NEW YORK (Reuters) - An apparent gas explosion caused two apartment buildings to collapse and burst into flames, and two others to catch fire, injuring at least 12 people on Thursday in New York City's East Village neighborhood, authorities said.
The explosion, which occurred shortly after 3 p.m. and sent flames leaping into the sky, rocked the residential area in Manhattan. Bloodied victims ran from the buildings, collapsing on the street, witnesses said.
Preliminary evidence indicated it was a gas-related explosion, the mayor said, adding that private gas and plumbing upgrade work had been going on in one of the buildings. He said Con Edison utility inspectors had been on the scene about an hour before the explosion and found the work did not pass inspection.
The blast caused two buildings to collapse, including the one where the explosion occurred, he said. Two adjacent buildings caught fire, he added.
Firefighters were still fighting a blaze in one of the adjacent buildings, Fire Commissioner Daniel Nigro told the late afternoon news conference.
"That building is in danger of possible collapse," Nigro said. "We will be here for a very long night."
The Fire Department declared it a seven-alarm blaze.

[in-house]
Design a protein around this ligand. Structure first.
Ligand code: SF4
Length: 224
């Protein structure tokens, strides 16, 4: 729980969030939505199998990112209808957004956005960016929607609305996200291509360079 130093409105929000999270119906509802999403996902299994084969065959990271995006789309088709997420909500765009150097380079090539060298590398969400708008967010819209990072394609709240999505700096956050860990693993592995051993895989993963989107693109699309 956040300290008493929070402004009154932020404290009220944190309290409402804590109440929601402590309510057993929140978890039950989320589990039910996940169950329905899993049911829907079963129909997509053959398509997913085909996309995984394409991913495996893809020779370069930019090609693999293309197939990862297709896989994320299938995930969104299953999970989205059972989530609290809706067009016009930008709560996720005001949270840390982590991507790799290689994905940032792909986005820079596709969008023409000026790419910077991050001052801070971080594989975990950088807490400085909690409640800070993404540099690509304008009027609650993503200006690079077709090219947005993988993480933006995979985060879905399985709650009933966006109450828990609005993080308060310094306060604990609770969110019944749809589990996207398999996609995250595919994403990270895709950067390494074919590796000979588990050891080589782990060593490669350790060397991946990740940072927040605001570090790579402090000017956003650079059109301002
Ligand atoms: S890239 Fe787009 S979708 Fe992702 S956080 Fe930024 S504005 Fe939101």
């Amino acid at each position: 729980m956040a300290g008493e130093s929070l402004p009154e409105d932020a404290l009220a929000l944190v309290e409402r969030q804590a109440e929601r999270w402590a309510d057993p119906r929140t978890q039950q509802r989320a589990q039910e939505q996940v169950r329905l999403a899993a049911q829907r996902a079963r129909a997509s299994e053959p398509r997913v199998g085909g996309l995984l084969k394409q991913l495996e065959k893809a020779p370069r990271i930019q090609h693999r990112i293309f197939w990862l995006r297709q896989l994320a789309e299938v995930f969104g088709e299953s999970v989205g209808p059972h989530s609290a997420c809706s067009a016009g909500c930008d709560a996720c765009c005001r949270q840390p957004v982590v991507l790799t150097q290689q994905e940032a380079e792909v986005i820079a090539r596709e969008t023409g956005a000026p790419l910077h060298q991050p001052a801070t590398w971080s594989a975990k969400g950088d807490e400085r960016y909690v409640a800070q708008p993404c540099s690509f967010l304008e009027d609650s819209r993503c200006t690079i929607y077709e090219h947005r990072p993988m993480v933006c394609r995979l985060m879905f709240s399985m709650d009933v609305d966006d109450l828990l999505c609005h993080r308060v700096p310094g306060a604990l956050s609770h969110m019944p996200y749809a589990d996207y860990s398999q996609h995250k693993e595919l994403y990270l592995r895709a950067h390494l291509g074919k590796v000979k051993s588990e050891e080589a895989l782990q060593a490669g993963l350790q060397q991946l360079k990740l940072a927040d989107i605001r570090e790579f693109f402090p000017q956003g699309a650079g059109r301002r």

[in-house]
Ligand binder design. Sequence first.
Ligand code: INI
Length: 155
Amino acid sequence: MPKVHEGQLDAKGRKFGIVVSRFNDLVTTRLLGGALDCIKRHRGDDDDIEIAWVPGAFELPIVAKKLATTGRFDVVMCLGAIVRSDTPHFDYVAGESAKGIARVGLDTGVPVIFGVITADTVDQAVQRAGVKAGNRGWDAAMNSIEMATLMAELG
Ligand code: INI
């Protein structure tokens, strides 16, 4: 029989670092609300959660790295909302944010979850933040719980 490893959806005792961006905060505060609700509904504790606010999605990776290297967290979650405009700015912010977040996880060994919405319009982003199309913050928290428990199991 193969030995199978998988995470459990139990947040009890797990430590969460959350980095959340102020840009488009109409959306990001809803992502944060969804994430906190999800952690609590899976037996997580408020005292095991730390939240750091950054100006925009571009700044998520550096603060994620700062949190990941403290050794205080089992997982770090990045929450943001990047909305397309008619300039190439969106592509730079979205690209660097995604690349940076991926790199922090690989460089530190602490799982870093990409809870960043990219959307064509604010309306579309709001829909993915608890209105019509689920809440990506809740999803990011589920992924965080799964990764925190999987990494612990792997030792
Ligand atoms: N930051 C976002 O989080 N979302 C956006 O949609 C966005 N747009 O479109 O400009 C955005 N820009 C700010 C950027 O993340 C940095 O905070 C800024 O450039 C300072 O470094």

Two people suffered burns to their airways, Nigro said.
The buildings on Second Avenue at East Seventh Street are in the East Village, a neighborhood of small businesses, restaurants and apartments.
Moishe Perl, 64, who owns Moishe’s Bake Shop nearby said he heard a loud explosion, ran outside and saw the lower floors of a building start to crumble.
"Most of the people were running out of the building and climbing down the fire escape," he said, while others were helped out of windows by passersby.
Ben Mackinnon, 28, said he was drinking coffee in a cafe when he heard an explosion from across the street.
"The explosion was big enough that the door of the cafe blew open," Mackinnon said.
He saw several bloodied men emerge from a sushi restaurant where the explosion appeared to originate, he said,
One of them fell to the pavement, Mackinnon said.
Shameem Noor, a cashier at the Veselka restaurant about a block away, said he also heard the blast and saw three or four people fall to the street.
"People were running and screaming," he said.
The four buildings contain 49 apartments, according to a spokesman for the American Red Cross at the scene. The ground floors were occupied by small eateries.
A relocation center for residents displaced by the blast and fire was set up in a nearby elementary school, said Red Cross spokesman Josh Lockwood.
"There's a lot of people at the scene standing outside asking questions, so we're waiting," he said. "We'll be here through the night."
(Reporting by Sebastien Malo; Additional reporting by Laila Kearney; Writing by Ellen Wulfhorst; Editing by Sandra Maler, Eric Beech and Peter Cooney)